Seven pieces of rope have an average (arithmetic mean) length of 68 centimeters and a median length of 84 centimeters. If the length of the longest pieces of rope is 14 centimeters more than 4 times the length of the shortest piece of rope, what is the maximum possible length, in centimeters, of the longest piece of rope?

(A) 82

(B) 118

(C) 120

(D) 134

(E) 152

This is a classic example of a min-max problem. Let’s start by drawing seven blanks to represent the seven pieces of rope in order of length and putting 84 (the median) in the middle blank.

, , , 84 , , ,

Let’s call the shortest piece x. Consequently, the longest piece is 4x + 14.

x , , , 84 , , , 4x + 14

In order to maximize the length of the longest piece and maintain the overall average of 68, we need to minimize the length of all the other pieces. Because there’s no restriction on repeated lengths (this is an important wrinkle to look out for in min-max problems) we can fill out the other blanks like so:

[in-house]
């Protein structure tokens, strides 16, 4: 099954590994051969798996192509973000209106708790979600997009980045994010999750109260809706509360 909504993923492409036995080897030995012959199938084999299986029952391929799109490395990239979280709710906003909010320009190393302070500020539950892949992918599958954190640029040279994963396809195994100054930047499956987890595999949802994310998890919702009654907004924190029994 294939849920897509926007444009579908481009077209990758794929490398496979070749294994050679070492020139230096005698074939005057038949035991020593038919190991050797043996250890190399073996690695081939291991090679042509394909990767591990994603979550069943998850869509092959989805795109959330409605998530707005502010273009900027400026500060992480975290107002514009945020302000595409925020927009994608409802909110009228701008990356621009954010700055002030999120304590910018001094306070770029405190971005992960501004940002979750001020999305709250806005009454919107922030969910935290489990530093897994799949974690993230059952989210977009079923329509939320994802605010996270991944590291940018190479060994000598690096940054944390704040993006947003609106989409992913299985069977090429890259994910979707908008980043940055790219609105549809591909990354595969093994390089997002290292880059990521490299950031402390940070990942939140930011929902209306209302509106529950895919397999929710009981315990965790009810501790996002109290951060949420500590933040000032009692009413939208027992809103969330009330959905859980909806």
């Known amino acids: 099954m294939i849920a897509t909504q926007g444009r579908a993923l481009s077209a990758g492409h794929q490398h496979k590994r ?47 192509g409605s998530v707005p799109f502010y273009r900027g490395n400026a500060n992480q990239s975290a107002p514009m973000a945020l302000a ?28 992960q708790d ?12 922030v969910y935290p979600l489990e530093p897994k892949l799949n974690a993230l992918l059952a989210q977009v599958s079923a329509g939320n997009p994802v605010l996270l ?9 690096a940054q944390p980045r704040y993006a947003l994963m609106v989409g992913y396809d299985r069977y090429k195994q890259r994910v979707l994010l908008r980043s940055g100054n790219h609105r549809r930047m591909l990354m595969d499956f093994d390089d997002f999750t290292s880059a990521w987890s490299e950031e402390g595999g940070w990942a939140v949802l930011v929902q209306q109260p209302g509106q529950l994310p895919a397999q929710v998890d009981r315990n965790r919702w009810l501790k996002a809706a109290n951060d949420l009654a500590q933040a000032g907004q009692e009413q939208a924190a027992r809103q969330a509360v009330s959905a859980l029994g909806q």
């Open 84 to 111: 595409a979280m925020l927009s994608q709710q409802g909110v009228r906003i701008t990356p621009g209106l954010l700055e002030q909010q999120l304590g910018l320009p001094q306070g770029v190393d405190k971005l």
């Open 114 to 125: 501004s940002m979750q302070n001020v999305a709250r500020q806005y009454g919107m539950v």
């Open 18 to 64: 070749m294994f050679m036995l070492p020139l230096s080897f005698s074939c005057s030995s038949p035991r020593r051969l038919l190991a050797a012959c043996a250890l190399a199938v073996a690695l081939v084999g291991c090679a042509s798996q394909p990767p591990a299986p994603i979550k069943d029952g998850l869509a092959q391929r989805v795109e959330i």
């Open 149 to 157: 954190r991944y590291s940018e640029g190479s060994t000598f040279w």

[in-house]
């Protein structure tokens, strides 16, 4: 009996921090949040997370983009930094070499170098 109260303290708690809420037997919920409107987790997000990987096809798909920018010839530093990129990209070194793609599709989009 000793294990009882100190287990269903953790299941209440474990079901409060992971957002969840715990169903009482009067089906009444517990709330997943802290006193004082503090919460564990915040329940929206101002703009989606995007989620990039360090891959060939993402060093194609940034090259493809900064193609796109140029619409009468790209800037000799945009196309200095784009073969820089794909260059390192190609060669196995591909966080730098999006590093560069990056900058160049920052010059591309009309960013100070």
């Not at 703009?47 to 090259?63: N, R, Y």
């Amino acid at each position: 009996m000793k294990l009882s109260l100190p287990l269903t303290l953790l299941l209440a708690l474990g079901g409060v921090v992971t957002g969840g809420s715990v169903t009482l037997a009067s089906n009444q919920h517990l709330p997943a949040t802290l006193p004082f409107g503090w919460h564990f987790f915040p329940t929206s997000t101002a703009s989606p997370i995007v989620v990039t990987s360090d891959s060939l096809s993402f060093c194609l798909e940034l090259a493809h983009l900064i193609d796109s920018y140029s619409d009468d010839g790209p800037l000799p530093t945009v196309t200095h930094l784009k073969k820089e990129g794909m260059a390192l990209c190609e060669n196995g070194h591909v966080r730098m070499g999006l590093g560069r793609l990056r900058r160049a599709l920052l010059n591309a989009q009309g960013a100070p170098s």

x , x , x , 84 , 84 , 84 , 4x + 14

We’ll use the expression for the arithmetic mean to solve for x, and then calculate the length of the longest piece of rope:

\(\frac{x + x + x + 84 + 84 + 84 + (4x + 14)}{7} = 68\)

Simplify a little bit, but not too much – leave things in factored form as much as possible… you never know, something might cancel!

\(\frac{7x + 3(84) + 14}{7} = 68\)

It’s a miracle! Seven, 84, and 14 are all divisible by 7, so we can simplify by dividing everything on the left-hand-side by 7, and avoid calculating \({3}\times{84}\)

\(x + 3(12) + 2 = 68\)

So, \(x = 30\) and \(4x + 14 = 4(30) + 14 = 134\).

**The correct answer is D.**